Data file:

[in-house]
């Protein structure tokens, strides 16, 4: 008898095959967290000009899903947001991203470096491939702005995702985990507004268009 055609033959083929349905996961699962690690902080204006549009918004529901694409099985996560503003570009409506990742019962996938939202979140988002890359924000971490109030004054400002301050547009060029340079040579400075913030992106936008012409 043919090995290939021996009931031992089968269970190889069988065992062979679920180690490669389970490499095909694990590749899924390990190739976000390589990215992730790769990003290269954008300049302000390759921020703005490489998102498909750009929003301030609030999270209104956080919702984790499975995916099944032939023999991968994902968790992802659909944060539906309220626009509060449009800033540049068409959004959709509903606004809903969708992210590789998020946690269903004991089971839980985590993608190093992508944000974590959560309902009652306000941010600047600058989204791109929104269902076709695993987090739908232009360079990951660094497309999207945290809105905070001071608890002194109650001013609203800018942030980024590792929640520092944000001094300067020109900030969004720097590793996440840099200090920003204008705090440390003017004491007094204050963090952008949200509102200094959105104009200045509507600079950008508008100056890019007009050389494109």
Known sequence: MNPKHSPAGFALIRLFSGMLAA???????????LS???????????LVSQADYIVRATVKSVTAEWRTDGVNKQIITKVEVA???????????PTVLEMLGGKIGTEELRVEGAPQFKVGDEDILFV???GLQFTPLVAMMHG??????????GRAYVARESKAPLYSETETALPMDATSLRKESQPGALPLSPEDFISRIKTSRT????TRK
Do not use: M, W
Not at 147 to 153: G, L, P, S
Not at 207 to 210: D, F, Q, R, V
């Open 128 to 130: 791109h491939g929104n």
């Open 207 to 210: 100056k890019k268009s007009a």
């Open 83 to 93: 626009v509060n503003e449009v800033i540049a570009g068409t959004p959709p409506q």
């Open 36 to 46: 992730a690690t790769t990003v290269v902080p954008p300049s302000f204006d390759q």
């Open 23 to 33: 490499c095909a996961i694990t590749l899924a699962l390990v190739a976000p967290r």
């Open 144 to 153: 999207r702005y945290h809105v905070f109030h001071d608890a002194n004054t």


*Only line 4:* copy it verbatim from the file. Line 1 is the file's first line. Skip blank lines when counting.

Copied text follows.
Do not use: M, W